I saw a recent post at Paceadvantage.com speaking of the minor injury sustained to thoroughbred Musket Man, who was a player in the Triple Crown. The poster (not meaning anything by it of course) said that the injury was unfortunate but that it would assure fans would get to see the horse race next year, instead of winning a race or two in the summer and be shuffled off to stud. What a sad commentary on the state of racing when an injury is looked at like that. It is like saying I hope Tiger Woods has a hamstring injury before each Major, because he will quit when he beats Jack's record, and it will assure we'll get to watch him golf for awhile.
In harness racing we had a year last year - one which thoroughbred racing needs. The presence of Somebeachsomewhere, as well as injuries, has given fans something to look forward to. Art Official, a talented horse, was hurt late last year and it assured that his stud career was placed on hold. Dali could not get a deal, other than a small one perhaps, because he could not win any big ones with the presence of Beach. Shadow Play had physical issues early, had to face Beach, and did not win enough to warrant a deal. Ditto Bettor Sweet, who recently set the track record at Mohawk in a stunning time. They are all four year olds, they are all racing in 2009, despite two of them setting world records, which any other year would have them off to some farm somewhere, playing with mares.
The breeding game has always been a game of three card monte with racing fans the marks. It is the last great insular fiefdom which has no one to answer to but horse buyers. It is unwilling to change, and unable to fix itself and most would say does nothing for the game of racing in the first place. Despite massive handle losses, despite lack of interest in racing, despite purses being down, despite yearling sales off, we know that nothing will change and it will be business as usual. As strange as it sounds, maybe a quarter crack or two might do more for the fan base and the sport of horse racing than any marketing program has ever done.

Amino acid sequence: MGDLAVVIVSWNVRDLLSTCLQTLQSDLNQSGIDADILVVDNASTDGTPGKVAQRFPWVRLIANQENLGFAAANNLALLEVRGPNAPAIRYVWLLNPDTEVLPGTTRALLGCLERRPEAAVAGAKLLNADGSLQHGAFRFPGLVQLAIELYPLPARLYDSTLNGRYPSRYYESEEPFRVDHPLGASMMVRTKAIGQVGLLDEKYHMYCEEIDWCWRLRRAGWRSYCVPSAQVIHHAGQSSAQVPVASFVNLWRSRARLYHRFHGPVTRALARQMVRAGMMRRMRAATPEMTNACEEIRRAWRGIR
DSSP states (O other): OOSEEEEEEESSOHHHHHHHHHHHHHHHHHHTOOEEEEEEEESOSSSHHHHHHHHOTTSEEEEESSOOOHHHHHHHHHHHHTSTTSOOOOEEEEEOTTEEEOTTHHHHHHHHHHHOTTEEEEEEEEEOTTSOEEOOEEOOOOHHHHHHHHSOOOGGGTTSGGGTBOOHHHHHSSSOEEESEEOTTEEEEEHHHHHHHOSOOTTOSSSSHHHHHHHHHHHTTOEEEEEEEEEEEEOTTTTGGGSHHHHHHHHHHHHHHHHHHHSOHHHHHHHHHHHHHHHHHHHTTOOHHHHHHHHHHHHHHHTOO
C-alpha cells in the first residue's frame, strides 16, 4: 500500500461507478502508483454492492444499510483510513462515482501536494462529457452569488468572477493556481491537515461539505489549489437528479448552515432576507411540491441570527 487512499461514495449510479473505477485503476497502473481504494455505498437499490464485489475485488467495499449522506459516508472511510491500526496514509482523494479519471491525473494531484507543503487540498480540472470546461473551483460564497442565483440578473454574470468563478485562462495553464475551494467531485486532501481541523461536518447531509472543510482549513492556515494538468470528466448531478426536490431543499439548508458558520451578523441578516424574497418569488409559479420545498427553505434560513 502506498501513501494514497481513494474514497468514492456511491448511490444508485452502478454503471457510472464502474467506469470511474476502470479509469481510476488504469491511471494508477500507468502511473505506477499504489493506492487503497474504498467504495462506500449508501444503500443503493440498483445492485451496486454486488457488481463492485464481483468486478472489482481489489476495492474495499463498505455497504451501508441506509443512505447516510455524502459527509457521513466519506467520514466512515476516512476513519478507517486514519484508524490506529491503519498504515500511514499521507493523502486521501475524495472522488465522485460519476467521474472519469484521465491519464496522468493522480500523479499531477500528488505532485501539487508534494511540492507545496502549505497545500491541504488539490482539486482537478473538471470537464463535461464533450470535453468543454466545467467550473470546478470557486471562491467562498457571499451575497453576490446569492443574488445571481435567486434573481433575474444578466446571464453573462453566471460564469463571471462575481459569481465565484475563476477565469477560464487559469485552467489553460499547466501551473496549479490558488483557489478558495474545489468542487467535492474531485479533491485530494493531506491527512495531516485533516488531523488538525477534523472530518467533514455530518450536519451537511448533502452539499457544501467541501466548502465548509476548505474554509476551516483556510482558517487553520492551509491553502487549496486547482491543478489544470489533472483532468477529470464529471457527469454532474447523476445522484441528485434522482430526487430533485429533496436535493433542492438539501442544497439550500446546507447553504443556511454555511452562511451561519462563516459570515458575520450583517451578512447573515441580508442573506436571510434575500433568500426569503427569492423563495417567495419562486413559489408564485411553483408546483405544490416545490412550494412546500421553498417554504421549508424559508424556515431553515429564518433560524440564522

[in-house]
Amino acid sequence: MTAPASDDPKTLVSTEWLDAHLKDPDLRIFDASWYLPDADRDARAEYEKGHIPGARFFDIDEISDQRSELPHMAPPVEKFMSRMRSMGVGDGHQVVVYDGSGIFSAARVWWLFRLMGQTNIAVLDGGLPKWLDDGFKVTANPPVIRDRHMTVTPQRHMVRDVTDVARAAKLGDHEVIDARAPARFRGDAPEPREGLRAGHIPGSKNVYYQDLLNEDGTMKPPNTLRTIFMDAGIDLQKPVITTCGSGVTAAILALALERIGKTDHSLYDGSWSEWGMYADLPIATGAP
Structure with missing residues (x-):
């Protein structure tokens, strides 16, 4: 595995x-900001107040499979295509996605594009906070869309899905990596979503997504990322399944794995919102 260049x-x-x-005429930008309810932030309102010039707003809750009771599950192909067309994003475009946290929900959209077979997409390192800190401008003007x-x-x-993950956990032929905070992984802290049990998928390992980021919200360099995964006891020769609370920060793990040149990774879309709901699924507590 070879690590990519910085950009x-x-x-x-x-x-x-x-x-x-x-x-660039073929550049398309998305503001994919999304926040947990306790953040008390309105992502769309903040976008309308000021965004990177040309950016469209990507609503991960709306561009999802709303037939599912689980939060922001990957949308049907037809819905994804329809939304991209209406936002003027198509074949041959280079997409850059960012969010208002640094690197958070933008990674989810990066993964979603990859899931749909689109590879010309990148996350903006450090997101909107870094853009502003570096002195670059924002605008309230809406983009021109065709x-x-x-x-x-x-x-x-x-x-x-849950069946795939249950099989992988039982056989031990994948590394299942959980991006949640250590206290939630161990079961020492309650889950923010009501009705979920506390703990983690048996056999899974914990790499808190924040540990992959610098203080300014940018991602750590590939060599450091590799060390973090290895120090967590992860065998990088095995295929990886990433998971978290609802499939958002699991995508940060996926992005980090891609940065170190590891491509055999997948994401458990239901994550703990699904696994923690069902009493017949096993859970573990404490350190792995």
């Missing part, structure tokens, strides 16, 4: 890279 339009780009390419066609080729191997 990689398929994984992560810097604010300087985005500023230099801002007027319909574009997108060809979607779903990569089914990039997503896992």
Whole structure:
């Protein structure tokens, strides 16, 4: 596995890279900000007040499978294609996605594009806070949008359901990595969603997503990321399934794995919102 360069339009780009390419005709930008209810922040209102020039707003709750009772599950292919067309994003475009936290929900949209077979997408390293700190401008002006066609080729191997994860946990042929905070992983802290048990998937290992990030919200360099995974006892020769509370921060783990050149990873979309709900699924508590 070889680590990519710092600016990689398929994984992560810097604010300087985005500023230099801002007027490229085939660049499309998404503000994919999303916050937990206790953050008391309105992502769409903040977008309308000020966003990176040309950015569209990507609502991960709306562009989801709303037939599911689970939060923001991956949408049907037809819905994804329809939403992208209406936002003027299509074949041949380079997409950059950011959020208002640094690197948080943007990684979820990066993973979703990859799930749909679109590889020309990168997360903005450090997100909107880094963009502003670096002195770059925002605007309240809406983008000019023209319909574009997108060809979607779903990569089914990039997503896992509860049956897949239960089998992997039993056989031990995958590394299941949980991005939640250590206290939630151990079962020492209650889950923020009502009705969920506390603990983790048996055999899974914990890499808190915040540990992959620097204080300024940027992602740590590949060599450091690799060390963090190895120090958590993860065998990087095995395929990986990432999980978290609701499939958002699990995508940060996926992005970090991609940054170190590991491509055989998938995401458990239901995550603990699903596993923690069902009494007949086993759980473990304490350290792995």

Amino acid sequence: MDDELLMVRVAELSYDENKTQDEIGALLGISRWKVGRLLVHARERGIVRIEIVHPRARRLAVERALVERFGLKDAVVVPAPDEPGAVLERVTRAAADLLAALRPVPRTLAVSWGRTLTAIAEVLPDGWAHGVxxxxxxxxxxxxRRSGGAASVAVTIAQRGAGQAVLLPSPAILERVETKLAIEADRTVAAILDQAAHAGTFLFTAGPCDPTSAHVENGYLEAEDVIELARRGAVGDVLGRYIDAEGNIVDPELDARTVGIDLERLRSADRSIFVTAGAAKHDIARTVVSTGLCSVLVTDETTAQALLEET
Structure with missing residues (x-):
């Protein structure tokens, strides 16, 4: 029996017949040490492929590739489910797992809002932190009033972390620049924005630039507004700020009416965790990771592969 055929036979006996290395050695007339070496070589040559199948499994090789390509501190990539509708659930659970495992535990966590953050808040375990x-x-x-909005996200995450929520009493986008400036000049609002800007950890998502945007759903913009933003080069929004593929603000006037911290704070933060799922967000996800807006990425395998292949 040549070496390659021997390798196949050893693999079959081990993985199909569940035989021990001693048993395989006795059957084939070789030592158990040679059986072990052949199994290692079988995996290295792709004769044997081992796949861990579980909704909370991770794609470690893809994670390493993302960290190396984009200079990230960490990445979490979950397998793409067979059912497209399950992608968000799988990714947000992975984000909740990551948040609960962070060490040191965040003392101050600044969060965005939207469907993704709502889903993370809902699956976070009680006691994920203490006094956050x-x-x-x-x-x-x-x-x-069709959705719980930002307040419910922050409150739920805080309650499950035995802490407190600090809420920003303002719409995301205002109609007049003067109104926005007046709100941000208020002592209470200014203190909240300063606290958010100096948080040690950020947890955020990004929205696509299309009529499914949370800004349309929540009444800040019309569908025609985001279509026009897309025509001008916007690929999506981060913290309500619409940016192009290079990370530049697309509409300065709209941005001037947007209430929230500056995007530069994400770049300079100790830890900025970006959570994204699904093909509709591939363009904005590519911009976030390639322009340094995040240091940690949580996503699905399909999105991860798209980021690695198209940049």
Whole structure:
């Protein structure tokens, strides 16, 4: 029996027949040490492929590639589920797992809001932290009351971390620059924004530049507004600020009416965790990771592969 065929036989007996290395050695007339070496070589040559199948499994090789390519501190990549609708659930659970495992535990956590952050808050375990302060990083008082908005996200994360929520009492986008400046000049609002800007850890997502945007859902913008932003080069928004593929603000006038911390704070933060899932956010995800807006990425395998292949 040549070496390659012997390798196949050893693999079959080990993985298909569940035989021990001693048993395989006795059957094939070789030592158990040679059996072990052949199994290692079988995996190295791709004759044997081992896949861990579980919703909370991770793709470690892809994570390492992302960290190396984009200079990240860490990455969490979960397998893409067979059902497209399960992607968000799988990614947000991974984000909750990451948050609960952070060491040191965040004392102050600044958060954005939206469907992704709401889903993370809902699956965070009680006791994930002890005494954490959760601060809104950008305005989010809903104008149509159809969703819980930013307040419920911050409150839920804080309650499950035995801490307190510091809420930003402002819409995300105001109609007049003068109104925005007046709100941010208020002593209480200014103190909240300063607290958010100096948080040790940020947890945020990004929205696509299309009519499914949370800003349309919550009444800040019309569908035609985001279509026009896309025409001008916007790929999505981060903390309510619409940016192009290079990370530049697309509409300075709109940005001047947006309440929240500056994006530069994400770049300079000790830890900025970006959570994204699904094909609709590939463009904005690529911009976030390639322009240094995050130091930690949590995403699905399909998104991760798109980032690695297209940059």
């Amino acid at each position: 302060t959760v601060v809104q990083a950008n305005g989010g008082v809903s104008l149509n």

Wagering is getting killed. Don't say we didn't warn you. Cangamble explores that issue in his last piece.
We're tough on milkshaking here in Ontario. When I see someone get caught with it in California thoroughbred racing it seems they are asked nicely to promise to never do it again. When they do it again, they are asked again to promise never to do it again, but they tack on a $400 fine and a 13 day suspension, so they can enter their horses in two weeks.
I am half done my driver change study, which I have been working on in my spare time. So far all I can selfishly say to those who bet driver changes, is please keep doing it.
It seems another past posting incident might have occurred in thoroughbred racing today. I think I can improve my ROI if I bet horses after the race. I am adding it to the arsenal.
A New York Post writer says racing is finished. Why? "1. Modern racing has no stars. They're all in the breeding shed. No sport can prosper without stars to engage and excite the base. 2. The modern racing program is an endless stream of small fields and short-priced favorites. No competition, no excitement. 3. If a product is not selling, check the price. Casinos and sports betting take an average 5 percent off the top. Racing's minimum take is 16 percent, stretching up to 30 percent. It is priced out of the market." I am not sure if the patient is ready to star in CSI, but the writer sure has the symptoms down pat.
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